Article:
Tag Archives: lawsuit

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Dahn Yoga Victorious in Lawsuit

Dahn Yoga & Health Centers, Inc. announces the recent end of a highly publicised lawsuit by 27 former employees and members. The federal lawsuit that began in on May 22, 2009 officially ended on April 1, 2013. All claims in the lawsuit have either been dismissed by the Court or dropped by the plaintiffs.

The lawsuit against Dahn Yoga and its affiliates was filed in the US District Court of Arizona (Barba et al. v. Dahn Yoga et al, Case No. CV09-1115-PHX-SRB) and attracted media attention with claims that included fraud, undue influence, unfair and deceptive business practice, emotional distress, wage and hour law violation and civil RICO violations.  On November 3, 2009, Judge Susan Bolton dismissed a majority of the claims, affecting  nearly all of the 27 plaintiffs. In light of the Judge’s Order, the plaintiffs and their attorney filed an Amended complaint, but it did not strengthen their case.  Subsequently, on October 26, 2011, plaintiffs’ attorney, Ryan Kent, withdrew from the case. In his motion to withdraw, Kent acknowledged that he had  expected the case to be settled without protracted litigation.  As a result, many plaintiffs were dismissed by the Court or dropped their claims. Some even admitted in writing that allegations made in the lawsuit were not what they had intended or directly contradict their experience with Dahn Yoga.

The court rulings and the plaintiff withdrawals bring a difficult chapter to an end.  A statement by the current Dahn Yoga CEO expresses the company’s appreciation for the consistent support of its members, instructors, employees and friends. She states that in light of this experience “… we have made many important changes and despite the challenges we faced, we have emerged from this experience as better communicators, better managers, better business people and better citizens.”

Dahn Yoga & Health Centers, Inc. (www.dahnyoga.com) provides personalized service and exceptional facilities that teach a stylized practice of yoga based on Korean traditions. The word “dahn”, meaning “energy”, emphasizes the mind body connection as the key to health and well-being. Ilchi Lee founded the practice in South Korea before the first U.S. Dahn Yoga center was opened in the early 1990s. Acclaimed for health and wellness innovations and the integration of ancient and modern, Dahn Yoga has an extensive network of highly-respected facilities and instructors in seventeen states, and numerous affiliates around the world.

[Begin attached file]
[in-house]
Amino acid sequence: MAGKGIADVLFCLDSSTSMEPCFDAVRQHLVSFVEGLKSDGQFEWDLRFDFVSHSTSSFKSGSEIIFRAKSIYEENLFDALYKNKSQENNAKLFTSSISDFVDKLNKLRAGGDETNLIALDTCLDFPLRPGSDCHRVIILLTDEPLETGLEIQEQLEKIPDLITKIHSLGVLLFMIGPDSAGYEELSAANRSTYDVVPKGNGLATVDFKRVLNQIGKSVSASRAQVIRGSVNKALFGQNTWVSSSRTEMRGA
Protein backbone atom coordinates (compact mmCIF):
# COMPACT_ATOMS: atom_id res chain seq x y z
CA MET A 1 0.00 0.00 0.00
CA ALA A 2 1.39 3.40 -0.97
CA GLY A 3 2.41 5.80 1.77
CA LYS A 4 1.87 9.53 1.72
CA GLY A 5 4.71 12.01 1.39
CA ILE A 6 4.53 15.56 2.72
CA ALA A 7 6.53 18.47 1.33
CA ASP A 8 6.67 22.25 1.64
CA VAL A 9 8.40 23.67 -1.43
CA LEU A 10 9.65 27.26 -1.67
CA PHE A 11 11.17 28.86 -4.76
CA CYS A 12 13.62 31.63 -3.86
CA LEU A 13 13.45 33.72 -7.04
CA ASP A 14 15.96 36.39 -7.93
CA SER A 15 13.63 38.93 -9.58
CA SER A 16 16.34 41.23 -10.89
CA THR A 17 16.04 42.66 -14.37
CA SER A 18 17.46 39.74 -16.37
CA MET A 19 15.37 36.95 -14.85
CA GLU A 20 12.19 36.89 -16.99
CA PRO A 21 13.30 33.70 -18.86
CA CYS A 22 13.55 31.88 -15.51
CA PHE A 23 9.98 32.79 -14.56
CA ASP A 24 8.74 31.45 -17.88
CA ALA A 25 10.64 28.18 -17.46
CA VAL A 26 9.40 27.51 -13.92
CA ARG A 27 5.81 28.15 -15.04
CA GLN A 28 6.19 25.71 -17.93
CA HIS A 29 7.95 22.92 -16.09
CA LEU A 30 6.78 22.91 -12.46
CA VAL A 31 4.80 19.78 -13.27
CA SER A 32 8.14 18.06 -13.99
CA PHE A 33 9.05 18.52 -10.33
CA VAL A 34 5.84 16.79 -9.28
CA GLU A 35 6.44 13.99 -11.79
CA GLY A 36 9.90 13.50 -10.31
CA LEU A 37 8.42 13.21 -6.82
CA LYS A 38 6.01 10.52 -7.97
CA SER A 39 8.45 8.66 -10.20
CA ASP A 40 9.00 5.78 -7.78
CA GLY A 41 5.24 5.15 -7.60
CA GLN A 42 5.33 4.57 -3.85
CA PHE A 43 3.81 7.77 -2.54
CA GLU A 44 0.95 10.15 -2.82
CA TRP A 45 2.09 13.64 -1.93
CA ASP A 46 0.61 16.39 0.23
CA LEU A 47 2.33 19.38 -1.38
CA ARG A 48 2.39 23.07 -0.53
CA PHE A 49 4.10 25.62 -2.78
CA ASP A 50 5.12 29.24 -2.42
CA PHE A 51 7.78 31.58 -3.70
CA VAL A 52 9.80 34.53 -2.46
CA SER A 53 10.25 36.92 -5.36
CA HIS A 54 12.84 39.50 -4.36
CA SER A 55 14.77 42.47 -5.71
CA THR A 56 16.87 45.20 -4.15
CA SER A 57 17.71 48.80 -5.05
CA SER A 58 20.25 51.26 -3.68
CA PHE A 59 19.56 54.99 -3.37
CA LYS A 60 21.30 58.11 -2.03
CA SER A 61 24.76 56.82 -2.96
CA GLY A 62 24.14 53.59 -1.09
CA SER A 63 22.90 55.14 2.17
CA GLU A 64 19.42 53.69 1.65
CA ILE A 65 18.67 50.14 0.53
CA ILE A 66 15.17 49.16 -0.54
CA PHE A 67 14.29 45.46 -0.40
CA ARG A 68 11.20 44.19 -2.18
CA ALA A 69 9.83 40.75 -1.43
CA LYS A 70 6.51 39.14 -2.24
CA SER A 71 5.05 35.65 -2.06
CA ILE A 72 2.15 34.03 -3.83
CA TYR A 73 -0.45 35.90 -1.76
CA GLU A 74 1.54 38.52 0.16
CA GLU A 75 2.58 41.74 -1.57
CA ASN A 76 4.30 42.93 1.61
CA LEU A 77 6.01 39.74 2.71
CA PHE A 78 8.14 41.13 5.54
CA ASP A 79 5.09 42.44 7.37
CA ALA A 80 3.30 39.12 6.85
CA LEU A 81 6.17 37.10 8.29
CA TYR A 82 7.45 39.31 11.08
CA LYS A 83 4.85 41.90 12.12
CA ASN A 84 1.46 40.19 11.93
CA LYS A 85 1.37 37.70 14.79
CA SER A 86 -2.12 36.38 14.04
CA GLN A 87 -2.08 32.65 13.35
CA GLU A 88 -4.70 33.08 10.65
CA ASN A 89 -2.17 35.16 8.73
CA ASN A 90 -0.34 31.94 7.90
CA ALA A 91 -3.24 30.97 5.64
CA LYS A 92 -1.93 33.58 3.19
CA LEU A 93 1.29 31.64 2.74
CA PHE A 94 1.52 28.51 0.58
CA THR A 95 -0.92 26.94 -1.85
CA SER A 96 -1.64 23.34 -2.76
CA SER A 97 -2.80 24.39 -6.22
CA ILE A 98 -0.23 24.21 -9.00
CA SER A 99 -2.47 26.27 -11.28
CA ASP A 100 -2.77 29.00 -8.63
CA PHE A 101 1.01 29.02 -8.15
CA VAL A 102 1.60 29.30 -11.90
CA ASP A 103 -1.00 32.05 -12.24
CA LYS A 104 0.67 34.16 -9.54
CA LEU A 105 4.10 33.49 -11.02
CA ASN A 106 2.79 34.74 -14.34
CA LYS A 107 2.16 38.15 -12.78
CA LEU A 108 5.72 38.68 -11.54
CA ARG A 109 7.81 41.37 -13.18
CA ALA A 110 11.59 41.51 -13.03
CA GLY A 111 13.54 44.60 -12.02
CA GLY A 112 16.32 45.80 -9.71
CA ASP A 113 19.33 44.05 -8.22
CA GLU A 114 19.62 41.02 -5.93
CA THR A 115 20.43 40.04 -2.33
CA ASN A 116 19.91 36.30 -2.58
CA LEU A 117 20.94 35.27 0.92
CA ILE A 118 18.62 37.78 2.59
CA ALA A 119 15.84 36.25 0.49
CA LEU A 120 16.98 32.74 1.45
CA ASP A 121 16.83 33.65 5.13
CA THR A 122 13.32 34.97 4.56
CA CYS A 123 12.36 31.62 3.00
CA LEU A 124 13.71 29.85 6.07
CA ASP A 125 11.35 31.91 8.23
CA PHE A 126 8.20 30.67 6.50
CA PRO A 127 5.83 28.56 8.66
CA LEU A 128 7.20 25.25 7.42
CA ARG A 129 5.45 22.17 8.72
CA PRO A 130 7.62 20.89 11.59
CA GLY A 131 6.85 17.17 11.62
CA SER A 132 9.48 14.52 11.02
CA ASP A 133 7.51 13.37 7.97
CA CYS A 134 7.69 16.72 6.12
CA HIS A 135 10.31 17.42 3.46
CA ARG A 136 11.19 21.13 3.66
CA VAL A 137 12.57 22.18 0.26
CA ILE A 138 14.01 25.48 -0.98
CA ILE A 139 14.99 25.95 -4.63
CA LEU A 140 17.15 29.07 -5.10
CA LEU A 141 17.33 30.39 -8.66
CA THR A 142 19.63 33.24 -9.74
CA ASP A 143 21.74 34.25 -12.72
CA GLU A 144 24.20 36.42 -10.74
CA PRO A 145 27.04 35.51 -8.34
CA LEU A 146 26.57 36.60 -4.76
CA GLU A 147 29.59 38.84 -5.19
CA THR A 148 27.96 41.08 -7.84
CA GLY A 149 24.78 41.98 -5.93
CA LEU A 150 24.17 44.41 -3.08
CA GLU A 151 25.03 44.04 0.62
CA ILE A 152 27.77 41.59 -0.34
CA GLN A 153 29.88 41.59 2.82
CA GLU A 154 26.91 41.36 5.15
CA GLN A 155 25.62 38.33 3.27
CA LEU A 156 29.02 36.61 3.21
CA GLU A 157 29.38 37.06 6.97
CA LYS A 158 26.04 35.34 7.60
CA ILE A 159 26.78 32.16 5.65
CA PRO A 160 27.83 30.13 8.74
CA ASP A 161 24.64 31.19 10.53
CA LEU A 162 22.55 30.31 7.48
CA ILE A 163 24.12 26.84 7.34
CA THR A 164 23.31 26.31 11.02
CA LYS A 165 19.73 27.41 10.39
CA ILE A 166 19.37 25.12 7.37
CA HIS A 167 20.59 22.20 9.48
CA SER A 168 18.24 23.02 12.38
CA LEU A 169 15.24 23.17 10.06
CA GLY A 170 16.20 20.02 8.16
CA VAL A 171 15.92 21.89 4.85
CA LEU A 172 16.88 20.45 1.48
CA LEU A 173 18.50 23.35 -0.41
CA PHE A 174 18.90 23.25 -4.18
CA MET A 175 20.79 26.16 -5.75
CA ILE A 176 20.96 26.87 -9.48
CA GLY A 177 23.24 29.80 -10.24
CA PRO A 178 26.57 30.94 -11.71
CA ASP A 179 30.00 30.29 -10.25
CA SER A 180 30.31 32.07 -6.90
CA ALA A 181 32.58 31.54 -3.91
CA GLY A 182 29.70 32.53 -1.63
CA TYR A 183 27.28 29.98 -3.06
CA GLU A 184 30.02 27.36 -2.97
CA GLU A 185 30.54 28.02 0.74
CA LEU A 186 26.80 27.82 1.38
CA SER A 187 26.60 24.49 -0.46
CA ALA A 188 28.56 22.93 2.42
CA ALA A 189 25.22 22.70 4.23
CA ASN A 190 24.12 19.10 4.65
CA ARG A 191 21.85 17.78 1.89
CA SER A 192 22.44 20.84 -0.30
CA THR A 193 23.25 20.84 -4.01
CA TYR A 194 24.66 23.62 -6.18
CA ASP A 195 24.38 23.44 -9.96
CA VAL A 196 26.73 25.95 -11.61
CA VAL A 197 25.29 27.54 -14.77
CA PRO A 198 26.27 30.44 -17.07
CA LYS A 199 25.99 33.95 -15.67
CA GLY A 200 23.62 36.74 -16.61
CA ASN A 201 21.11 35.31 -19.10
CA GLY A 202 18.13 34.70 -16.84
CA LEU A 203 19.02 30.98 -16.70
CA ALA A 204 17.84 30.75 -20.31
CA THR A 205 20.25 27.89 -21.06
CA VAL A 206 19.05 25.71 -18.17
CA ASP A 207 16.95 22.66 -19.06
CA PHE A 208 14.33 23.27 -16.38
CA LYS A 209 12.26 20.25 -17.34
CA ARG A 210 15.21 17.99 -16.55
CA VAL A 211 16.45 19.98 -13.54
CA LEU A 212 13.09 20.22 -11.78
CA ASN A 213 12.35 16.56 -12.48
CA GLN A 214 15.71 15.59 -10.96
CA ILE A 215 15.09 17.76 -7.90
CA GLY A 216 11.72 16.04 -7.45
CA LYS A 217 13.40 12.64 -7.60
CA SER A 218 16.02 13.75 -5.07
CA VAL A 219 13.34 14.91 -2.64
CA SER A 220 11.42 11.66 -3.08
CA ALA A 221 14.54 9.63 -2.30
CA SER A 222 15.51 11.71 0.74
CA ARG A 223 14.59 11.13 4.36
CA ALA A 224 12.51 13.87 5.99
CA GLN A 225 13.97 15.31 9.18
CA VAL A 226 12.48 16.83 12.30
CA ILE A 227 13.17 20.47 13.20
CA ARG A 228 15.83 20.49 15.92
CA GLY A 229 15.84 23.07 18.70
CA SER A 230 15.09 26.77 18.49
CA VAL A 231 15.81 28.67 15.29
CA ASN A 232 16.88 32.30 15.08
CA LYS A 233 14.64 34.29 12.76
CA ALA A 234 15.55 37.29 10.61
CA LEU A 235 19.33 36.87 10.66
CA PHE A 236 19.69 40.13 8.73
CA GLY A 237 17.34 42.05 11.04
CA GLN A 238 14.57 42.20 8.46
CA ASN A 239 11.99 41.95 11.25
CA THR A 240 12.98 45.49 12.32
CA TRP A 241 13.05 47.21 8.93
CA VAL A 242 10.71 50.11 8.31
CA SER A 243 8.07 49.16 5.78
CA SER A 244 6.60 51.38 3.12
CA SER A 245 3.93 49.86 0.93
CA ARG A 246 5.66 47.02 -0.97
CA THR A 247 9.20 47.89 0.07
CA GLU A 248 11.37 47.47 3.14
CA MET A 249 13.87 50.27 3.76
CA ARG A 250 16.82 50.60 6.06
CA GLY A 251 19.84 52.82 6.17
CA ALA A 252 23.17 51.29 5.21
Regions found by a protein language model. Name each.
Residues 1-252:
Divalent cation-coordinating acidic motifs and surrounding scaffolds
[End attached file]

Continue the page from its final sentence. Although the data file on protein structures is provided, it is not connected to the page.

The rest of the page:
Curis Resources - Florence Copper Project

Judge dismisses copper mine permit lawsuit

A judge has dismissed a lawsuit challenging the state’s decision to award a ground-water protection permit to Curis Resources for its planned copper mine in Florence.

The town of Florence, Pulte Homes and others sued last September, challenging the Department of Environmental Quality’s decision to award Curis Resources a temporary permit for testing for an underground copper peaching operation.

According to the Casa Grande Dispatch, the Feb. 16 ruling by Judge Arthur Anderson of Maricopa County Superior Court says the department acted within its authority under state law.

Ski Flap

Hopi tribe withdraws Snowbowl lawsuit

The latest lawsuit challenging snowmaking at the Arizona Snowbowl just north of Flagstaff has been withdrawn.

The suit filed by the Hopi tribe alleged snowmaking using reclaimed wastewater might harm an endangered plant.